Easter Sunday in Iceland in 2020

Easter Sunday in Iceland in 2020
  How long until Easter Sunday?
This holiday next takes place in 146 days.
  Dates of Easter Sunday in Iceland
2021 Iceland Sun, Apr 4 National Holiday
2020 Iceland Sun, Apr 12 National Holiday
2019 Iceland Sun, Apr 21 National Holiday
2018 Iceland Sun, Apr 1 National Holiday
2017 Iceland Sun, Apr 16 National Holiday
  Summary
Flag Day
  Local name
Páskadagur
  Easter Sunday in other countries
Easter Sunday internationally
Related holidays

When is Easter Sunday?

Easter Sunday is the most important date in the Christian church.

In the bible, it is the day when Mary Magdalene found that an empty tomb in the cave in which Jesus had been placed following his death by crucifixion on the previous Friday.

It signifies the end of the 40 days of Lent, meaning Christians who gave up something during lent to signify Jesus' time in the wilderness, can indulge themselves again.

Easter Sunday is also when church bells will be rung again, having been silent during Lent.

Why is it called Easter?

The name Easter is derived from 'Ostara' or 'Eostre', a pagan goddess of fertility, whose feast was celebrated on the Vernal Equinox. The word East is also derived from her names, as is Oestrogen, the female hormone. In Saxon culture, the Hare was sacred to Ostara and the modern tradition of the Easter Bunny is a distant echo of that.

However, In most languages other than English and German, the holiday's name is derived from Pesach, the Hebrew name of Passover, a Jewish holiday to which the Christian Easter is intimately linked.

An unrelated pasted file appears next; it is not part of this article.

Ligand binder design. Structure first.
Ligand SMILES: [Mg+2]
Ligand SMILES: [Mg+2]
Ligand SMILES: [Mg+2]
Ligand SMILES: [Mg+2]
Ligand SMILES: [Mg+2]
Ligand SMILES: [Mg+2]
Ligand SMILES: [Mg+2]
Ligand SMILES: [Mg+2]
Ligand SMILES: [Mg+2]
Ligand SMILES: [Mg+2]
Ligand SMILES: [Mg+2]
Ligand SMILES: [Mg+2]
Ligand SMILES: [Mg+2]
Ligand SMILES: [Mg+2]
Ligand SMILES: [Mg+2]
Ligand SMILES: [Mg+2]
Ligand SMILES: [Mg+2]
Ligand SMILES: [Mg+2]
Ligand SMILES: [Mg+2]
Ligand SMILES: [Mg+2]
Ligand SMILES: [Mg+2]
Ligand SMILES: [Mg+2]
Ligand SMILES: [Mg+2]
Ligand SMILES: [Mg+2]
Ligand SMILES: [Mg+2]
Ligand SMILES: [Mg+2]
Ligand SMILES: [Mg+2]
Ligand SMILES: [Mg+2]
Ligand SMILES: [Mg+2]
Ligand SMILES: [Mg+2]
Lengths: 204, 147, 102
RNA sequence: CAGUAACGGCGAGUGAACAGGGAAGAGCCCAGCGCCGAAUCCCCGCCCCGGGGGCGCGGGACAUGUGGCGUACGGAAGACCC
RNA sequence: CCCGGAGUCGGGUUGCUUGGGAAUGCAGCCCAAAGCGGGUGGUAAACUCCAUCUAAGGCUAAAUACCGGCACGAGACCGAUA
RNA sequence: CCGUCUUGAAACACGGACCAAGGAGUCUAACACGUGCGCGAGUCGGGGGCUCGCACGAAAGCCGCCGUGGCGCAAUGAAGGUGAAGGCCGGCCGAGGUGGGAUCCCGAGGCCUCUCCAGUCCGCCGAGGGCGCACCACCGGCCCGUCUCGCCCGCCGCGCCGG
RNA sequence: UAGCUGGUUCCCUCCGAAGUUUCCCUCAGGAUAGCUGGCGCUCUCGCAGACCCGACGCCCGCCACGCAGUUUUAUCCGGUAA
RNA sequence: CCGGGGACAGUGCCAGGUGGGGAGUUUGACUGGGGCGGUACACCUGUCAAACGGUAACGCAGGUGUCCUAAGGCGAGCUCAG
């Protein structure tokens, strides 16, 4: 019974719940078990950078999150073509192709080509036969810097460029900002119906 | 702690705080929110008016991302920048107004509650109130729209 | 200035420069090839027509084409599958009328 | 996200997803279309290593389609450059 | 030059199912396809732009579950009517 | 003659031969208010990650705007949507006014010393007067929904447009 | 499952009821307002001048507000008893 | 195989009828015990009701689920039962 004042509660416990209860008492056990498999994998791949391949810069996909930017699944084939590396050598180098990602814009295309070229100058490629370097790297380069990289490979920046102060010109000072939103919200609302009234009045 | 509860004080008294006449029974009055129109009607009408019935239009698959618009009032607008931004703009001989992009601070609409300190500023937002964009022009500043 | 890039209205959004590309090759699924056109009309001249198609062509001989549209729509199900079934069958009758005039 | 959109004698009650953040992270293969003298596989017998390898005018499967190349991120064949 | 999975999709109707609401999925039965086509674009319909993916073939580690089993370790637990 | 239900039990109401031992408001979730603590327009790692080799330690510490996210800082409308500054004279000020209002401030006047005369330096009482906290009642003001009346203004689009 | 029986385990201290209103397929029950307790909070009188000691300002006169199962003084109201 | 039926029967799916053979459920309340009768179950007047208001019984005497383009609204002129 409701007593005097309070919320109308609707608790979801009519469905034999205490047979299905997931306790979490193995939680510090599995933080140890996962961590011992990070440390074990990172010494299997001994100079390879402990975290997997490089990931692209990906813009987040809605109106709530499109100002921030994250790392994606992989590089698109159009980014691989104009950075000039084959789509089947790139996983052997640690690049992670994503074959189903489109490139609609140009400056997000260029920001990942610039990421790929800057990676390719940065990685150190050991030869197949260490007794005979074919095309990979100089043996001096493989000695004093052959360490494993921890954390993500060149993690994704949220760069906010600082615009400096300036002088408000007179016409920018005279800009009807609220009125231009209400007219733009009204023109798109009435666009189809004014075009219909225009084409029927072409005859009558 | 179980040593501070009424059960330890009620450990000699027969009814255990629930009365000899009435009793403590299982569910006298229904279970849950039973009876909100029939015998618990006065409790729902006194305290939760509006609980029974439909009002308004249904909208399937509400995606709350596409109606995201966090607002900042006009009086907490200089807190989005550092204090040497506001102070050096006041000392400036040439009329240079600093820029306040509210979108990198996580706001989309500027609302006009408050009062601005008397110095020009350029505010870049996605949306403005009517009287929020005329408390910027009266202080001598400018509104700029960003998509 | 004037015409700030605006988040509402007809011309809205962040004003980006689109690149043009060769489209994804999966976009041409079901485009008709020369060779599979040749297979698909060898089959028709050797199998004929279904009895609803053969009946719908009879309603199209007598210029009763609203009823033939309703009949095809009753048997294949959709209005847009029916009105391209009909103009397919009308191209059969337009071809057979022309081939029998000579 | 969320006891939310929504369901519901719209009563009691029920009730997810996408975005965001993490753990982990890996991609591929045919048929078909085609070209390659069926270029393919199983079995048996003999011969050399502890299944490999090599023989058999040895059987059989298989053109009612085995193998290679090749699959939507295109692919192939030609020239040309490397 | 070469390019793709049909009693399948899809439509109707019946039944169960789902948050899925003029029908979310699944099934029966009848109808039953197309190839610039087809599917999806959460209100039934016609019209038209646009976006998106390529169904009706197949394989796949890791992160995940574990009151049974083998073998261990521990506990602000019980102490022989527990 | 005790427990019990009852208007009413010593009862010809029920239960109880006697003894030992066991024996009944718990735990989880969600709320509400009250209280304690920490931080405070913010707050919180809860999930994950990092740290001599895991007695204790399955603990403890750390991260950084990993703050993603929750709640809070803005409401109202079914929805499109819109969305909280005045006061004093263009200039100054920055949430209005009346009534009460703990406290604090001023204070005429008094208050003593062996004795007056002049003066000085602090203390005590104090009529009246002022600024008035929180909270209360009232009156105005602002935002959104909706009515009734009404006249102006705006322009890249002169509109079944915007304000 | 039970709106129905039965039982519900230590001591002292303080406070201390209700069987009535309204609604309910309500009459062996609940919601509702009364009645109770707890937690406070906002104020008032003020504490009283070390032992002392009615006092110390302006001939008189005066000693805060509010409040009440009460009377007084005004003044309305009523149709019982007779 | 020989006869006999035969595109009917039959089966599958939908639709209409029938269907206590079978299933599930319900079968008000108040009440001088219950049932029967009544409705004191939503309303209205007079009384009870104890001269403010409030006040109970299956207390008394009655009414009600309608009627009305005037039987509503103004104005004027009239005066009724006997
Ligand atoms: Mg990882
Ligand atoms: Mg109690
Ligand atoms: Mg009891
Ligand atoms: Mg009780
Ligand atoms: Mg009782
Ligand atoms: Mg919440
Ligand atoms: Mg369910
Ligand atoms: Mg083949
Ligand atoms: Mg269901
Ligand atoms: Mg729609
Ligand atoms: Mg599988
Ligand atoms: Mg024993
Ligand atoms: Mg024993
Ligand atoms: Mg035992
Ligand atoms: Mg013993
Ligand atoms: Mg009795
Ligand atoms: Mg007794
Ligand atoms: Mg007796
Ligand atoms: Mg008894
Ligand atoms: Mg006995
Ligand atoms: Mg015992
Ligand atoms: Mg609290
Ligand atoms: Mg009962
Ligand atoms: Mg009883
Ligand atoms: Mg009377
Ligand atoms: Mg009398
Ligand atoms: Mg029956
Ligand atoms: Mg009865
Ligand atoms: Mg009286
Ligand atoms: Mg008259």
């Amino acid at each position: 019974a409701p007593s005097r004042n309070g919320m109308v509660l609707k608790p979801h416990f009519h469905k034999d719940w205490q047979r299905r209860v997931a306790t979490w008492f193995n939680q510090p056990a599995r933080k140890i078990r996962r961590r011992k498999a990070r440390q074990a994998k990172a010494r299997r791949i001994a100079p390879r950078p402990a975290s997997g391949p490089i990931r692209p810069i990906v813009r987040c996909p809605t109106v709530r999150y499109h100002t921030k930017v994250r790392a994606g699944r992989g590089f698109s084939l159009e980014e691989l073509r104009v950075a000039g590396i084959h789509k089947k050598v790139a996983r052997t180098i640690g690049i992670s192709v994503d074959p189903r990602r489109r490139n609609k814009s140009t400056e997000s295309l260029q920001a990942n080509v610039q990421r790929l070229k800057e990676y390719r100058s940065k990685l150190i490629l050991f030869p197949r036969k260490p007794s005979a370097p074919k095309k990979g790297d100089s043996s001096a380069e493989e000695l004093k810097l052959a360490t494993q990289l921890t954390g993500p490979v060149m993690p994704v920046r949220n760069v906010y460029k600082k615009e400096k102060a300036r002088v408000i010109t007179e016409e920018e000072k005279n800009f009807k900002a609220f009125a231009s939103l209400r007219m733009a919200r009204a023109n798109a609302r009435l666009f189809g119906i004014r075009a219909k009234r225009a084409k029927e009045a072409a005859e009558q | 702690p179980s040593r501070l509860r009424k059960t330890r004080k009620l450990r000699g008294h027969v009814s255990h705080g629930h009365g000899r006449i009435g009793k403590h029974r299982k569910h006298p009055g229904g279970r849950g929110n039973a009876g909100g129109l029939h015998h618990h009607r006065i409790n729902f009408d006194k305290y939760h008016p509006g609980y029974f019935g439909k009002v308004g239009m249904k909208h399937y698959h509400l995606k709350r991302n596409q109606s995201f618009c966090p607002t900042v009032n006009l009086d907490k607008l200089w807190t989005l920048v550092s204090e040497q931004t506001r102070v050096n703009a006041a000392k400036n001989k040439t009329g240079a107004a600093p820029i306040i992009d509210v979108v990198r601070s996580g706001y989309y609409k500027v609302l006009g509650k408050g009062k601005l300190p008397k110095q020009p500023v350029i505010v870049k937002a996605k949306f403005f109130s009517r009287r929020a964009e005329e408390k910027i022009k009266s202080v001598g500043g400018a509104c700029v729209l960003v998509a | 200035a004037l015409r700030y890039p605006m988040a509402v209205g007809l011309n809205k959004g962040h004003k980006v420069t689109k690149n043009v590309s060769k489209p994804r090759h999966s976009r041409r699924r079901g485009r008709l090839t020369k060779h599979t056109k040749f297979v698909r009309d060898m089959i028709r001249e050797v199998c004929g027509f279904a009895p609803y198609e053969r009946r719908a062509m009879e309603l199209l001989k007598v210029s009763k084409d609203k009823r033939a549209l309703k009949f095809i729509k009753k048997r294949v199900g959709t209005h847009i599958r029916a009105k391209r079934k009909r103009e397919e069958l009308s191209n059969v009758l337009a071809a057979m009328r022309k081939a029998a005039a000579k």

Easter depends on Passover not only for much of its symbolic meaning but also for its position in the calendar. Read more about the date of Easter.

Easter traditions

Easter Bunny

The Easter Bunny is now an established part of the Easter traditions. In Europe and America, the Easter Bunny visits the garden of children leaving chocolate eggs and treats for the children to find on Easter Egg hunts.

Rabbits and hares don't have any direct connection to any Christian tradition and it is interesting to note that the pagan goddess, Ostara was always traditionally accompanied by a hare. The modern tradition derives from a German custom that was first recorded in the 16th century. It may seem strange for a rabbit to be laying eggs, but as eggs were part of the foods banned during Lent, then the reintroduction of eggs would have been a welcome treat, no matter how they arrived in the garden.

It was once thought that hares could give birth without conceiving, which may have made them a way of explaining the birth of Jesus to the Virgin Mary. It is also said that the sight of Rabbits appearing from their underground burrows is a reminder of Jesus appearing from the tomb after his resurrection on Easter morning.

Lamb

On Easter Sunday, the traditional meat for dinner is lamb. The lamb was a sacrifice during the Jewish Passover, and it became a symbol for Jesus. It is also seasonal as Spring lamb is particularly tender and noted for its subtle flavour.

Icelandic Easter Traditions

The traditional Easter meal in Iceland is roast leg of lamb.

In Iceland, chocolate Easter eggs are a popular treat. The eggs are full of sweets, and have a proverb on a little yellow note inside.

Many Icelandic teenagers aged 13-14 years will undergo the rite of passage known as a confirmation around Easter time. This can be either a religious or a civic confirmation. 

Did you know?

Three facts about Easter Sunday

The record for the world's biggest Easter egg is held by Argentinians, who, in 2015, made an egg using 8,000 kgs of chocolate.

There were over 500,000 eggs hidden in the world's largest Easter egg hunt that took place in Winter Haven, Florida in 2007.

The idea of the Easter bunny giving candies and eggs is said to have originated in Germany during the middle ages.

More facts about Easter Sunday

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